Jaime Rodríguez, a.k.a. “El Bronco,” is the frontrunner in the race for governor of the border state of Nuevo Leon, a major economic hub and home to the third-largest metropolitan area in Mexico.
Just a few years ago, such an insurgent candidacy was not even possible. A constitutional change in 2012 allowed candidates to run as independents in Mexico, a major shift for a country that was governed by the Institutional Revolutionary Party (PRI) for most of the past century. Many people say it is no coincidence that an independent is leading in some polls in a key state at a time when corruption scandals have rocked the national government and many people are searching for alternatives.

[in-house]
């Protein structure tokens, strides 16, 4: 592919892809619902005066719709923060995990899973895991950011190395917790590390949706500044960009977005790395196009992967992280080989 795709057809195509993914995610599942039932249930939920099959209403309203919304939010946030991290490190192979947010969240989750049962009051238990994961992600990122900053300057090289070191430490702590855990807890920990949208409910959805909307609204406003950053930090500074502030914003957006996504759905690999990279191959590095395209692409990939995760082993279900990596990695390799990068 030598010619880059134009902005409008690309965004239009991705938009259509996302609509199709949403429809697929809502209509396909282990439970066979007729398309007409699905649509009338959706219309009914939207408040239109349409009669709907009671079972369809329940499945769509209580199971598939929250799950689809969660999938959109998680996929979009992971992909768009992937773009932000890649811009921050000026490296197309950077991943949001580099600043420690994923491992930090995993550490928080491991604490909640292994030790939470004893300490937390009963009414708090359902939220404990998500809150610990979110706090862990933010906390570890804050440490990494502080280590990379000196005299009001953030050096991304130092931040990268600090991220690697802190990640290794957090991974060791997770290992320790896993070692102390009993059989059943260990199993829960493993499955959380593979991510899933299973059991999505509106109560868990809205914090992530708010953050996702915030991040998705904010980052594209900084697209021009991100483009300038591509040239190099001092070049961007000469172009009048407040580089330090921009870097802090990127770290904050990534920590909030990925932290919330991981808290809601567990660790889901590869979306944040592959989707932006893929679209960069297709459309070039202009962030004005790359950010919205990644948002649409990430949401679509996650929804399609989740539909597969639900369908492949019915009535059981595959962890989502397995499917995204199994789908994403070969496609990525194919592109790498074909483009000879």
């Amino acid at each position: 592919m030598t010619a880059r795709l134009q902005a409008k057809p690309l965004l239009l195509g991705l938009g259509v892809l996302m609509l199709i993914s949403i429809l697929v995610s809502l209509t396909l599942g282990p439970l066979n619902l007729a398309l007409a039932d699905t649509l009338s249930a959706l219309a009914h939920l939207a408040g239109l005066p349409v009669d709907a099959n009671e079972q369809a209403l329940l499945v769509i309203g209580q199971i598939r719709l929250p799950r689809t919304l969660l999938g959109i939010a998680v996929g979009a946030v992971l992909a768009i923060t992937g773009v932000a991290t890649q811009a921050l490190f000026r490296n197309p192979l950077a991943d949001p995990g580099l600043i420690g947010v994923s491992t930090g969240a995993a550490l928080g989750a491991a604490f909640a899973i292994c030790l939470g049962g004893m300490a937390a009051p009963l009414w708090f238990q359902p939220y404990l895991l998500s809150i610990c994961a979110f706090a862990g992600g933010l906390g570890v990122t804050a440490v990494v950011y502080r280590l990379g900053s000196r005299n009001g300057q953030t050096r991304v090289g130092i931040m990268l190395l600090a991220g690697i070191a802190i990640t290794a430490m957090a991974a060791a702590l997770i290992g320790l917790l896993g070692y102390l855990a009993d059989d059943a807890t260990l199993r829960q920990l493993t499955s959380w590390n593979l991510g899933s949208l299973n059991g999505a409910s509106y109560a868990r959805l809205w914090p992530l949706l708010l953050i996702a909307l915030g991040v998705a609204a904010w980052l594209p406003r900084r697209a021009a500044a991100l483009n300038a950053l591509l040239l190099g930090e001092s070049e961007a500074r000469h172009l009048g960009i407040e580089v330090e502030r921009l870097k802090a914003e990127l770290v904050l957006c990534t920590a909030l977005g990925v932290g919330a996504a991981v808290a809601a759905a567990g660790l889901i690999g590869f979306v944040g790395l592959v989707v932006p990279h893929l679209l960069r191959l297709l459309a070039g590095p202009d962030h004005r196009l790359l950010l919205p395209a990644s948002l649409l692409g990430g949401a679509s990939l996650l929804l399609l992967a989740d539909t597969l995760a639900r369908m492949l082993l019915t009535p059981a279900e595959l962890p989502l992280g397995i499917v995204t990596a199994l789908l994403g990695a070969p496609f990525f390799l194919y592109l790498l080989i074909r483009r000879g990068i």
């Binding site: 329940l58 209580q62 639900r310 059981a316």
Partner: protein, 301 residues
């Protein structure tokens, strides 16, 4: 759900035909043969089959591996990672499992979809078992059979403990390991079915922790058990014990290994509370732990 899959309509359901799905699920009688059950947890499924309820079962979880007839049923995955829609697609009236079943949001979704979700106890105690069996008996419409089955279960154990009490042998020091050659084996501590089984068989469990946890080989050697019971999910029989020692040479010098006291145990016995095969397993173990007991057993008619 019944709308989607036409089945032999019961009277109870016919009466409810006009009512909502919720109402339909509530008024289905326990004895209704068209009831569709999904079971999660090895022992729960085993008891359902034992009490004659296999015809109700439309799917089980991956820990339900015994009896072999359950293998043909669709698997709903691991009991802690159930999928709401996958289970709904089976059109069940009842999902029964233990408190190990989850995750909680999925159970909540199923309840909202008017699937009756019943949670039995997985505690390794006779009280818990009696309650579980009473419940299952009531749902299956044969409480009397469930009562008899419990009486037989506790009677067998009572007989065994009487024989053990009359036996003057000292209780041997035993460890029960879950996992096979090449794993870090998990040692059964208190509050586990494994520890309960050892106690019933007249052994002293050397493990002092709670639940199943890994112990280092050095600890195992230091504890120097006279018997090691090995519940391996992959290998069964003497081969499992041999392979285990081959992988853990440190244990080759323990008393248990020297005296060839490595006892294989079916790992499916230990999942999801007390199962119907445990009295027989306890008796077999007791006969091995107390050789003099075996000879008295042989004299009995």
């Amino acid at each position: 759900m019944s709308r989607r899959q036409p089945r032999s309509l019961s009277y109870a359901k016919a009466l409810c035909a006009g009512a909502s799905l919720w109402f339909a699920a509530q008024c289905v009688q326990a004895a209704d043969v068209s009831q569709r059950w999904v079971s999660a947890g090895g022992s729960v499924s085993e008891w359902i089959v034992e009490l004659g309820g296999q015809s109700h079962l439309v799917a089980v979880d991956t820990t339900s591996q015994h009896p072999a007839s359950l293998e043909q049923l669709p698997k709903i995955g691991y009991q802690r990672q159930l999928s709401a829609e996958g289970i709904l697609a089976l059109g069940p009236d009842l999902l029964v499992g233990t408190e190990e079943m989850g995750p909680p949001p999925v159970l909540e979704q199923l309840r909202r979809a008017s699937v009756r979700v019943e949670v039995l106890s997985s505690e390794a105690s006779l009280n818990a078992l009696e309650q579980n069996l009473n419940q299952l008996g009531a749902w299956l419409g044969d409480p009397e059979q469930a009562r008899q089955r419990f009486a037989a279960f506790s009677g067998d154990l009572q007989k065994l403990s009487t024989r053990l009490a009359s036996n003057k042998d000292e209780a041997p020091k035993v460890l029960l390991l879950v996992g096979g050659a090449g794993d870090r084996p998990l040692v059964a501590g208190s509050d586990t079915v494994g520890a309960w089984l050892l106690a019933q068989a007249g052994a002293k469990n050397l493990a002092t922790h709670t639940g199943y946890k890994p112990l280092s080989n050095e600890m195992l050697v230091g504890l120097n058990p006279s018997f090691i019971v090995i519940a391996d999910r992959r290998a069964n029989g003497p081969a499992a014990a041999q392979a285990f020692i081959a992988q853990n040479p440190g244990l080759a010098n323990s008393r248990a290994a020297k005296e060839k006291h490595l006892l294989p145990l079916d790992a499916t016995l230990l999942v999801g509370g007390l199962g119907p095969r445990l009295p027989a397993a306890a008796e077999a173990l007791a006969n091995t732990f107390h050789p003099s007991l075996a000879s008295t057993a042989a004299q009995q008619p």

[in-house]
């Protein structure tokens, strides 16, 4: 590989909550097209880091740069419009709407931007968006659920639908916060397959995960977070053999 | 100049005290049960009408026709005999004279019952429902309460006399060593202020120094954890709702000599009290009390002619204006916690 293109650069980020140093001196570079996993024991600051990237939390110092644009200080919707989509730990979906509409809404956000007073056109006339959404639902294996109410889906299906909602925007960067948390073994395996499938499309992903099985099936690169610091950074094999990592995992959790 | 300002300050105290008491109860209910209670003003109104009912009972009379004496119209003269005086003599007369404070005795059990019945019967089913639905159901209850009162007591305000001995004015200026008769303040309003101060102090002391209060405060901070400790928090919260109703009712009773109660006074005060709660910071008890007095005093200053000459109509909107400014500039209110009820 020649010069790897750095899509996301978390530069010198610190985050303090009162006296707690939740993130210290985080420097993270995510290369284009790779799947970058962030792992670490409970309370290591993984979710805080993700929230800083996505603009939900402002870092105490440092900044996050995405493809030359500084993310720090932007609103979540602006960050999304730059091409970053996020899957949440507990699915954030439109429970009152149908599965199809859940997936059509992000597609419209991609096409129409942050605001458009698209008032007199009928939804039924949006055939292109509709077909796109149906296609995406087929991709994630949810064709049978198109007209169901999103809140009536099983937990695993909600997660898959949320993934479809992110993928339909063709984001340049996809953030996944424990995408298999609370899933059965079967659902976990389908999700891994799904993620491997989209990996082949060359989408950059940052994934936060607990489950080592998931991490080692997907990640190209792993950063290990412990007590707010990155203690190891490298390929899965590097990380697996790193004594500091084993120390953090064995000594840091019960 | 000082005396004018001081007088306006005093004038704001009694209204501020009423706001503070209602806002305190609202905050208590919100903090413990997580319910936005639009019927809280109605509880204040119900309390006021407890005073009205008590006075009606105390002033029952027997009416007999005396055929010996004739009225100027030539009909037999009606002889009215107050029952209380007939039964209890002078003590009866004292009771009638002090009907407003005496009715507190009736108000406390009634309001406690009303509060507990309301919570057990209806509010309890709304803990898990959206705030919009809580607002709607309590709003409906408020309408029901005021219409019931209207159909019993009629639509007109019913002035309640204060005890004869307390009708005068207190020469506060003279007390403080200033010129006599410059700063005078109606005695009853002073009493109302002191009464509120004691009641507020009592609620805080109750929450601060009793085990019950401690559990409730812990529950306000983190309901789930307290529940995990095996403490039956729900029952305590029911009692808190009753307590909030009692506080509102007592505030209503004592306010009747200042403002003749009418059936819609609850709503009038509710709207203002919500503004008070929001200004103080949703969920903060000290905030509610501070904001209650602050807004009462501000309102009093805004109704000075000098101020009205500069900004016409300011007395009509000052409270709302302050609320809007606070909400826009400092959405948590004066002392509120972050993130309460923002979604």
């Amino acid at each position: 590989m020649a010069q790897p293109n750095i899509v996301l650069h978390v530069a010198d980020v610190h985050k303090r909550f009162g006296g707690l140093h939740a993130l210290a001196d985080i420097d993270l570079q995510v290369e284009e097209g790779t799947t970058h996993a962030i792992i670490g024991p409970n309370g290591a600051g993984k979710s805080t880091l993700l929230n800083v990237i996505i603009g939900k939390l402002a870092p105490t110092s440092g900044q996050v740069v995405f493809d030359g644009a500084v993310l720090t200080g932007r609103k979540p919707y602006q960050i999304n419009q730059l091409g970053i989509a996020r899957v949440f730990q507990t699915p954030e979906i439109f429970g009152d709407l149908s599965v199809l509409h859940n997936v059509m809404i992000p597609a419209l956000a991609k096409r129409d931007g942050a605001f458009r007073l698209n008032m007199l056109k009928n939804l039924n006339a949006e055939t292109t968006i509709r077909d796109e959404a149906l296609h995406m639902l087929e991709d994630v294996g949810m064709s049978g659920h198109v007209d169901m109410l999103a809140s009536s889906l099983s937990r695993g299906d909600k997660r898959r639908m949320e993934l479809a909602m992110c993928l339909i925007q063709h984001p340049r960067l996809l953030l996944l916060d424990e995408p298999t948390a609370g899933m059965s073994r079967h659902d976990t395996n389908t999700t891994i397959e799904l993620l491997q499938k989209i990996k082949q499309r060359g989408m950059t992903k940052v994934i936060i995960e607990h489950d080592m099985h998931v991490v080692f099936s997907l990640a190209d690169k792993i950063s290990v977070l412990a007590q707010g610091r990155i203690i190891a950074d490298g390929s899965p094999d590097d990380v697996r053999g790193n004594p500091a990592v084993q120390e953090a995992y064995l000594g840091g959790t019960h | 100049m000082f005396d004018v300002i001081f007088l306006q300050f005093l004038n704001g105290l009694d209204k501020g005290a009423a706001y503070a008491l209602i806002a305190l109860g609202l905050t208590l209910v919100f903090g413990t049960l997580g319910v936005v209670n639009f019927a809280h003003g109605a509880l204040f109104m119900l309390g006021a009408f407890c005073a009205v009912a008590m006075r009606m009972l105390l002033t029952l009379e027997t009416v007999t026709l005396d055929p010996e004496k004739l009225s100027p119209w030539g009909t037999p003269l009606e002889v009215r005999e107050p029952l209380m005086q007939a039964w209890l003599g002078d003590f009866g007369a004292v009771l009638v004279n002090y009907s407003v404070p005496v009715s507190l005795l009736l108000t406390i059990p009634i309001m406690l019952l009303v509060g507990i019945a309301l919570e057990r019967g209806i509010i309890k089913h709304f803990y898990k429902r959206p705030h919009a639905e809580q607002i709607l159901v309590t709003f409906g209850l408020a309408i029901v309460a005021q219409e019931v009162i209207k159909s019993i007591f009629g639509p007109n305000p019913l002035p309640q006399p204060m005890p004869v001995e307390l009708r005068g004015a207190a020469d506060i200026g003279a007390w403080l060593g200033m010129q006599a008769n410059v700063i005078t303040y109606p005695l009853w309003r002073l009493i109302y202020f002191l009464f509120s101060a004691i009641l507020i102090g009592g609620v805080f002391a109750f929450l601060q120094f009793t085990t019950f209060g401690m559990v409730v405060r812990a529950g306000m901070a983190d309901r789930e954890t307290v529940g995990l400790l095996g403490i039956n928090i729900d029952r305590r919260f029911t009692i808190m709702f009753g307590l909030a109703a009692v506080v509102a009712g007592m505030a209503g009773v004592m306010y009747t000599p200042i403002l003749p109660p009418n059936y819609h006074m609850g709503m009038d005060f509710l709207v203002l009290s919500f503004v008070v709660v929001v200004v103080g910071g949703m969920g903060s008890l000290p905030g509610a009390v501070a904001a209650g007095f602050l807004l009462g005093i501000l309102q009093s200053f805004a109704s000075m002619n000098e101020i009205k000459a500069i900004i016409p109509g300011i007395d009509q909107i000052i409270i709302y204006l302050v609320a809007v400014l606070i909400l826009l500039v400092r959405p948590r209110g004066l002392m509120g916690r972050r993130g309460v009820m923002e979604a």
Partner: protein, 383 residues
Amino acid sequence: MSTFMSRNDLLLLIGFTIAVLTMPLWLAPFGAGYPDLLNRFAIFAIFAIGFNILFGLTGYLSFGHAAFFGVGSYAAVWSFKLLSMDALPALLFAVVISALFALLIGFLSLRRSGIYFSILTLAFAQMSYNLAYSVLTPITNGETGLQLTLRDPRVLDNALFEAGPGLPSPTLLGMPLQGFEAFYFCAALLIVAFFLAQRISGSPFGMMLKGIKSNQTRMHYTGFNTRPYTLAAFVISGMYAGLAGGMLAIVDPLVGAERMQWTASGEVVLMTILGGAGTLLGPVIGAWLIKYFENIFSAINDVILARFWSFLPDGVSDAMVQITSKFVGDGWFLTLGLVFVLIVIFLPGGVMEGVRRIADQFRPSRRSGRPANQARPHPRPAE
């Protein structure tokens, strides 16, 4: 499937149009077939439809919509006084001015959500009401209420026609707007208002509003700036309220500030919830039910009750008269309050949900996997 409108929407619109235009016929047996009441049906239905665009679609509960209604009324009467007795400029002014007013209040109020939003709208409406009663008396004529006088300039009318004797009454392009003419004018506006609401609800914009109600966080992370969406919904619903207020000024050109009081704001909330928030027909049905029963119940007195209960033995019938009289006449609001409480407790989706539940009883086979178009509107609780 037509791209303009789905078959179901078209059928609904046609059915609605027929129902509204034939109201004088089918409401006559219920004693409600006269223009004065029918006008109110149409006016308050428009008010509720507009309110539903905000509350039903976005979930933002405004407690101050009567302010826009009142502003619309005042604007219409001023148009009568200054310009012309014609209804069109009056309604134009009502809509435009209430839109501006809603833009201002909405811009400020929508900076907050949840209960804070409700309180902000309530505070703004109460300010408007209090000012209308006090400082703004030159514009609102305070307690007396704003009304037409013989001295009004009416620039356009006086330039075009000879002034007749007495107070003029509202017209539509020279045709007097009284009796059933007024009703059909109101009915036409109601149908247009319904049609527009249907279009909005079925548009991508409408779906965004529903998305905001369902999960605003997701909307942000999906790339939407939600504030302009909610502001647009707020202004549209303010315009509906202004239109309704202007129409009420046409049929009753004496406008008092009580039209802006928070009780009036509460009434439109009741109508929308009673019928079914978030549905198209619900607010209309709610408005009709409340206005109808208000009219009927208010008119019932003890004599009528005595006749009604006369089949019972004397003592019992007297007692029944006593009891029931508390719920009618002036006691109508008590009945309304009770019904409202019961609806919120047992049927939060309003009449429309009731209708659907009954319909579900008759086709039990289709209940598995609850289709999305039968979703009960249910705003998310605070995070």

El Bronco has guts,
Initially, Rodriguez gained fame in his state primarily by staying alive. During his time as mayor of the suburb of Garcia, from 2009 to 2012, drug-war violence had transformed the Monterrey area from an industrial metropolis known for its wealth into one of the country’s deadliest urban centers. After Rodriguez was elected, his 22-year-old son — one of his six children — was abducted and killed. Rodriguez said his 2-year-old daughter was also briefly kidnapped. He was one of numerous municipal officials in Mexico targeted by traffickers; he survived at least two assassination attempts, including one in which he said gunmen riddled his car with bullets.
Risky business: VIOLENCE GRIPS MEXICO AHEAD OF MIDTERM ELECTIONS
The elections are scheduled for Sunday, June 7.